Dwight Culver, M.D. Stanford University, Health Sciences Clinical Professor of Epidemiology
Brian J. Cummings, Ph.D. University of California, Irvine, Professor of Physical Medicine and Rehabilitation; Anatomy and Neurobiology
Ralph W. Cygan, M.D. State University of New York Downstate Medical Center, Health Sciences Professor of Medicine; Program in Public Health
James I. Cyriac, M.D. State University of New York Upstate Medical Center, Health Sciences Assistant Clinical Professor of Anesthesiology and Perioperative Care
Dvora Cyrlak, M.D. Yale University, Health Sciences Clinical Professor of Radiological Sciences
Mudit Dabral, M.D. , Health Sciences Associate Clinical Professor of Medicine
Maria G. Dacosta-Iyer, M.D. University of Bombay, Health Sciences Clinical Professor of Pathology and Laboratory Medicine
Xing Dai, Ph.D. University of Chicago, Professor of Biological Chemistry
Amish A. Dangodara, M.D. University of Miami, Health Sciences Professor of Medicine
Mark W. Daniels, M.D. Stanford University, Health Sciences Clinical Professor of Pediatrics
Francis Dann, M.D. Columbia University, Health Sciences Clinical Professor of Dermatology
Parima Daroui, M.D. Robert Wood Johnson Medical School, Health Sciences Assistant Clinical Professor of Radiation Oncology
Omar S. Darwish, D.O. Touro U College of Osteopathic Medicine, Health Sciences Assistant Clinical Professor of Medicine
Cyrus Dastur, M.D. Drexel University, Health Sciences Assistant Clinical Professor of Neurology
Mohsen Davoudi, M.D. University of Tehran, Health Sciences Associate Clinical Professor of Medicine
Israel De Alba, M.D. University of Guadalajara, Health Sciences Associate Clinical Professor of Medicine
Ralph J. Delfino, M.D., Ph.D. McGill University, Professor in Residence of Epidemiology
Michael Demetriou, M.D. University of Toronto, Professor of Neurology; Microbiology and Molecular Genetics
Aram N. Demirjian, M.D. Boston University, Assistant Professor of Surgery
Sheetal Desai, M.D. University of Southern California, Health Sciences Associate Clinical Professor of Medicine
Suvarna A. Deshmukh-Rane, M.D. University of Pune, Health Sciences Assistant Clinical Professor of Pathology and Laboratory Medicine
Robert Detrano, M.D. University of Rome, Health Sciences Clinical Professor of Radiological Sciences; Program in Public Health
Philip J. Di Saia, M.D. Tufts University, Dorothy J. Marsh Chair in Reproductive Biology and Professor Emeritus of Obstetrics and Gynecology
Catherine Diamond, M.D. Albany Medical College, Associate Professor of Medicine
Cordula V. Dick-Muehlke, Ph.D. Fuller Theological Seminary, Health Sciences Associate Clinical Professor of Family Medicine
Hamid Djalilian, M.D. University of Minnesota, Associate Professor of Otolaryngology; Biomedical Engineering (medical devices, hearing loss, tinnitus, dizziness/imbalance, clinical research)
An H. Do, M.D. University of California, Los Angeles, Health Sciences Assistant Clinical Professor of Neurology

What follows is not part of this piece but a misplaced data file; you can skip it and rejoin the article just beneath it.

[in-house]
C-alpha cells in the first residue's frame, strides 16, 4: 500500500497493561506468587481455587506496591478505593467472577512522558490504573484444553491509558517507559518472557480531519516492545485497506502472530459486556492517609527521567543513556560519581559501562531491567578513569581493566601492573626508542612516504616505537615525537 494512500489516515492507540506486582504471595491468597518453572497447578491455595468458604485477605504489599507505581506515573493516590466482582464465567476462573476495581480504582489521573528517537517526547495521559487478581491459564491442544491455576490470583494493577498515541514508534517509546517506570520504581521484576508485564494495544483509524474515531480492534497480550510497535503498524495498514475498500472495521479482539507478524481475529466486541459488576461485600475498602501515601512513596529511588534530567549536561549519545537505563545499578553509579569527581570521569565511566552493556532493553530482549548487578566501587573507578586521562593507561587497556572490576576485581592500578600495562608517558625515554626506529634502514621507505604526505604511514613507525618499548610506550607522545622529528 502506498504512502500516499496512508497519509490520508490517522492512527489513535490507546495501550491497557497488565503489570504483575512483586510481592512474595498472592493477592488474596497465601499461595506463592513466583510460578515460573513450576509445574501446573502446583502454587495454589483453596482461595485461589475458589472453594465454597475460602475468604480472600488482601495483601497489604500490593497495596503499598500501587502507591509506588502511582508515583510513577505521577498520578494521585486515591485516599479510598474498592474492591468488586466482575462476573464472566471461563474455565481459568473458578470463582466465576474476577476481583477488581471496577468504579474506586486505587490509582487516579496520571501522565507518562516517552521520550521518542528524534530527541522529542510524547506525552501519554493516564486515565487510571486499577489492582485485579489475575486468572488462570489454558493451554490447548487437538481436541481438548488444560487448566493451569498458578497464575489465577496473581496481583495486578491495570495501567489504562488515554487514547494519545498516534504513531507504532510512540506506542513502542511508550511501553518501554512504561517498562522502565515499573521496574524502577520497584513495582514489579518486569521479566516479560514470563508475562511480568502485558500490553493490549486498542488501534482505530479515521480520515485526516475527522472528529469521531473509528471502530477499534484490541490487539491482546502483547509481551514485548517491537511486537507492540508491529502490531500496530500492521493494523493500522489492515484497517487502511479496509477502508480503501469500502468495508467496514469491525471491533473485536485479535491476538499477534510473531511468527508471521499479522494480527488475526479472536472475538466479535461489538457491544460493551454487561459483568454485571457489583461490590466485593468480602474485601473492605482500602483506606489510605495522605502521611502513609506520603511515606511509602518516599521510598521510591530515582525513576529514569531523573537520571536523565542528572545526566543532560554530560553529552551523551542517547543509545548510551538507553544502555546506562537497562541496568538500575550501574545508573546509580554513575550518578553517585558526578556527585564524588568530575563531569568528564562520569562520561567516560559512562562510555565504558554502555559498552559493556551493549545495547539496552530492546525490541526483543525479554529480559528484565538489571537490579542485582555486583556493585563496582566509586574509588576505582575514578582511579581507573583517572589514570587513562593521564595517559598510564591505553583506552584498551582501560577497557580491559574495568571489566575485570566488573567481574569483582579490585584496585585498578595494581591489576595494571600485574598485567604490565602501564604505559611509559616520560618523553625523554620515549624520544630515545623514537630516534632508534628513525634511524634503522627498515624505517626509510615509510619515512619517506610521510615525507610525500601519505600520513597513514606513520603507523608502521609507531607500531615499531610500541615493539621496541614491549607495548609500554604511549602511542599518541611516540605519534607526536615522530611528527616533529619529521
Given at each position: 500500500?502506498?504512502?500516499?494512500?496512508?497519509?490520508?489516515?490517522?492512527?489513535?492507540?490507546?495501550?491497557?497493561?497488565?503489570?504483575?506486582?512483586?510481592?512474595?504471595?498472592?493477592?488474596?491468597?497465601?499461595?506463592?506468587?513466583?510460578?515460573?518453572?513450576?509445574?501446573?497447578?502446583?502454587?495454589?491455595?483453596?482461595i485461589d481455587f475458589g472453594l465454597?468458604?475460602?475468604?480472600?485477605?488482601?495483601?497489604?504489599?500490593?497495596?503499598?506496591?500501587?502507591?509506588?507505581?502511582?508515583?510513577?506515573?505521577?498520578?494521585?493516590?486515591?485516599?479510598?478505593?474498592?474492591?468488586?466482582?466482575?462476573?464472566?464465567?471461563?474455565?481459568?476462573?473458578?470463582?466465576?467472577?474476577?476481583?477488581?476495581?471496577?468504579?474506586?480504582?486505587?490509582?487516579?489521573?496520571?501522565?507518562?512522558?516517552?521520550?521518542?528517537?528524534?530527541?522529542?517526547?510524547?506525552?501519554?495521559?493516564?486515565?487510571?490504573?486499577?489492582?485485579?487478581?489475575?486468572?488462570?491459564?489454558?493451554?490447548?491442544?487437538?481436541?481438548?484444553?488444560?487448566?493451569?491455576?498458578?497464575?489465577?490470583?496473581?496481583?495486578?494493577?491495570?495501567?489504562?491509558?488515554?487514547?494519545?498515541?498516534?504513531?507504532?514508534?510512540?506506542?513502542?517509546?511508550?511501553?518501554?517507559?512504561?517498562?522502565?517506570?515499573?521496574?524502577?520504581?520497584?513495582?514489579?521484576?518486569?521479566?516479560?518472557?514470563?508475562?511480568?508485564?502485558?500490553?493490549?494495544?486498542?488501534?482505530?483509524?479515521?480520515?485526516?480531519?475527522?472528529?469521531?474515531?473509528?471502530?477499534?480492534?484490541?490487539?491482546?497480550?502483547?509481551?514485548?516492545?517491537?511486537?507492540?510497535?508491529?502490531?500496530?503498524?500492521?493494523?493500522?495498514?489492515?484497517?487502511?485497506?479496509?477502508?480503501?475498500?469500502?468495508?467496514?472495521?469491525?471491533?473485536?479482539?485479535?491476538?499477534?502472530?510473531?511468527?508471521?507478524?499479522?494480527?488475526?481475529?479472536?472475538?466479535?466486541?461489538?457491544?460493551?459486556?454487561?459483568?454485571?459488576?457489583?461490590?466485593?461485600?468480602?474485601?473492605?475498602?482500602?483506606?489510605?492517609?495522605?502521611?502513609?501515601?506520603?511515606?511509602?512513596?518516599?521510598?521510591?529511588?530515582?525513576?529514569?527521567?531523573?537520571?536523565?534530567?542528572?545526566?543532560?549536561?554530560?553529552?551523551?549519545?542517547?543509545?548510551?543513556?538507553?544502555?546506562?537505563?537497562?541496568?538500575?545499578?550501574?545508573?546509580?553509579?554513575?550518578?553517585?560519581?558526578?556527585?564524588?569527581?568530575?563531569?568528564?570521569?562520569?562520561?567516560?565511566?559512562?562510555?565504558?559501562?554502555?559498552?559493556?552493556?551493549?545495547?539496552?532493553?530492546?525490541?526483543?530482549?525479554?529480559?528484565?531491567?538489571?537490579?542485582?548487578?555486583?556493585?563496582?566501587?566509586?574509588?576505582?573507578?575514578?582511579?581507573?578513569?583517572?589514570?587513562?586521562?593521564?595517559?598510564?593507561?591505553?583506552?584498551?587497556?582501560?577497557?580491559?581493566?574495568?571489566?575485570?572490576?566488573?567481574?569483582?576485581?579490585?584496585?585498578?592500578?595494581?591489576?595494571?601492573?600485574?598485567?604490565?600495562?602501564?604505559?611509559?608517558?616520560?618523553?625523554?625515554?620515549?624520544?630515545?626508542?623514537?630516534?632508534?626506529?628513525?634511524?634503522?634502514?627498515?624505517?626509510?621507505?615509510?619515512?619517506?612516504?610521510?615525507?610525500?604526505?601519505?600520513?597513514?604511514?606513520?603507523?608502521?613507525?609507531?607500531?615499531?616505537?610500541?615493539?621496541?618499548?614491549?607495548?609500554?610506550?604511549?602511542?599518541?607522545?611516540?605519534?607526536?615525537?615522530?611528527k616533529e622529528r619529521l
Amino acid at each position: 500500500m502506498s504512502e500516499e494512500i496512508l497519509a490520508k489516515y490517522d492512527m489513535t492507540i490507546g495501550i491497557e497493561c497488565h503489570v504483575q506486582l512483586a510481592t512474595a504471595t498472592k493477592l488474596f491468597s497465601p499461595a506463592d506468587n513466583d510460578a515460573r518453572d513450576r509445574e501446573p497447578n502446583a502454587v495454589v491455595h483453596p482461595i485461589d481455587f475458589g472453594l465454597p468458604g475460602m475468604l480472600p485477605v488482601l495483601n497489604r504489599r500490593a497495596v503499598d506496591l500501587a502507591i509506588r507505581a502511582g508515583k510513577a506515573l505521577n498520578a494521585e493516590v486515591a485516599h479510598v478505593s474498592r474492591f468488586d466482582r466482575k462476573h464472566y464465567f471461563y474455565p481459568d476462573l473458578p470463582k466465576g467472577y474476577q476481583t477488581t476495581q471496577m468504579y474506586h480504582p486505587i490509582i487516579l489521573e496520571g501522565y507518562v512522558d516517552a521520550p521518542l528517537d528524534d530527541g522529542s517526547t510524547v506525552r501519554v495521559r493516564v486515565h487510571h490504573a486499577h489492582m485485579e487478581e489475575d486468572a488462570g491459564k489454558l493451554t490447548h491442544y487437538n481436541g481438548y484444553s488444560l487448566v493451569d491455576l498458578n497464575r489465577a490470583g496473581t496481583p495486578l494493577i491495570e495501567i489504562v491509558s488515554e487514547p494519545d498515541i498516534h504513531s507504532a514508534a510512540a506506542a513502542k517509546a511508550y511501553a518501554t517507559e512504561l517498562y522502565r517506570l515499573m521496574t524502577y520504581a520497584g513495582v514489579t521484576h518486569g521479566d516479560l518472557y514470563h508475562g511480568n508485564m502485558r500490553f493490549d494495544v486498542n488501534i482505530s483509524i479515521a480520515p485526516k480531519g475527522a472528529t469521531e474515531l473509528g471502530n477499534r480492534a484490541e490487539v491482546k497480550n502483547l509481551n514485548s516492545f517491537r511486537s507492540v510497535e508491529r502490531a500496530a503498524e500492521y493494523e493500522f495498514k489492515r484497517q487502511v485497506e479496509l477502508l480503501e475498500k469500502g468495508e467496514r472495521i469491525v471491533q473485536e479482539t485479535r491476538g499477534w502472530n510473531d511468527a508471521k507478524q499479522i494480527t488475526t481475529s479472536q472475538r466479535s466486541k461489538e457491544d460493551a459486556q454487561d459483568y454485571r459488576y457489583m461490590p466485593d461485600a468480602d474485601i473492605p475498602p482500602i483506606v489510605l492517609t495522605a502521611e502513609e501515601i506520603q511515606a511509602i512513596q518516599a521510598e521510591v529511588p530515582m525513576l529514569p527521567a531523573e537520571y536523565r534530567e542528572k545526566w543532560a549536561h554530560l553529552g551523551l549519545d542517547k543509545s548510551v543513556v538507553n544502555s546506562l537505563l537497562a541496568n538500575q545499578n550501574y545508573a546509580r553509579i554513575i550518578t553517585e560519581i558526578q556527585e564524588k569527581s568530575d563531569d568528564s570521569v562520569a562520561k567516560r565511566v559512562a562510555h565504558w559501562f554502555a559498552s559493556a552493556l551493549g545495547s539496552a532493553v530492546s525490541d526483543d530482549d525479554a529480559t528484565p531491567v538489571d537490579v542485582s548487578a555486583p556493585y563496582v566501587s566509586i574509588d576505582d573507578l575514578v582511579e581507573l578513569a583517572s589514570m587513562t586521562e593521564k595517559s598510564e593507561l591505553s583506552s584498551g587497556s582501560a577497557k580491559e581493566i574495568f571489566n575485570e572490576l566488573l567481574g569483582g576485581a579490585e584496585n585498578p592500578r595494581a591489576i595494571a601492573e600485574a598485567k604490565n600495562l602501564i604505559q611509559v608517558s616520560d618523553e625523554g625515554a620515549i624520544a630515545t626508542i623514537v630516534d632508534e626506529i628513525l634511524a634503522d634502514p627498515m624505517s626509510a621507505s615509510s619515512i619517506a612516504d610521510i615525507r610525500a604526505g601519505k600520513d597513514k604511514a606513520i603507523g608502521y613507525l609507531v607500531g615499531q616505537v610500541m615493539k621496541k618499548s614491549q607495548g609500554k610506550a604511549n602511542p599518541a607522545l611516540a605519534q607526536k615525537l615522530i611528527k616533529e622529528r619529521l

Matthew O. Dolich, M.D. State University of New York at Stony Brook, Health Sciences Professor of Surgery
Michele Domico, M.D. University of Texas Health Science Center at San Antonio, Health Sciences Clinical Professor of Pediatrics
Joseph H. Donnelly, M.D. Georgetown University, Health Sciences Professor of Pediatrics
Peter J. Donovan, Ph.D. University College London, Professor of Biological Chemistry; Developmental and Cell Biology (stem cell biology)
Nita Doshi, M.D. University of California, Irvine, Health Sciences Clinical Professor of Pediatrics
Emily E. Dow, M.D. University of Cincinnati, Health Sciences Professor of Family Medicine
Kenneth W. Dumars, M.D. University of Colorado Boulder, Professor Emeritus of Pediatrics
Dang Tam Duong, M.D. University of Washington, Health Sciences Associate Clinical Professor of Medicine
Anthony J. Durkin, Ph.D. University of Texas at Austin, Associate Professor in Residence of Surgery
Karen L. Edwards, Ph.D. University of Washington, Professor of Epidemiology; Genetic Epidemiology Research Institute
Robert A. Edwards, M.D. Baylor College of Medicine, Associate Professor of Pathology and Laboratory Medicine
Rufus D. Edwards, Ph.D. Rutgers, The State University of New Jersey, Associate Professor of Program in Public Health; Environmental Health Sciences; Epidemiology
Alan N. Elias, M.D. University of Calcutta, Professor Emeritus of Medicine
Mark H. Ellis, M.D. Tulane University, Health Sciences Associate Clinical Professor of Pediatrics
Jill Elizabeth Endres, M.D. University of Vermont, Health Sciences Associate Clinical Professor of Surgery
Scott A. Engwall, M.D. University of Florida, Health Sciences Associate Clinical Professor of Anesthesiology and Perioperative Care
Sonja Entringer, Ph.D. University of Trier, Assistant Adjunct Professor of Pediatrics
Ramez N. Eskander, M.D. University of California, San Diego, Health Sciences Clinical Instructor of Obstetrics and Gynecology
Gregory R. Evans, M.D. University of Southern California, Professor of Surgery; Biomedical Engineering (aesthetic surgery, breast augmentation, cosmetic plastic surgery, craniomaxillofacial, hand surgery, head and neck reconstruction, liposuction, oncology, pelvic bone reconstruction, peripheral nerve regeneration, reconstructive microsurgery, replantation, tissue engineering)
Marc-Eivind C. Evensen, M.D. University of California, Irvine, Health Sciences Professor of Physical Medicine and Rehabilitation
James H. Fallon, Ph.D. University of Illinois Medical Center, Professor Emeritus of Anatomy and Neurobiology
Guity Farahmand, M.D. University at Buffalo, The State University of New York, Health Sciences Clinical Instructor of Medicine
Hamed Farid, M.D. University of California, San Diego, Health Sciences Associate Clinical Professor of Radiological Sciences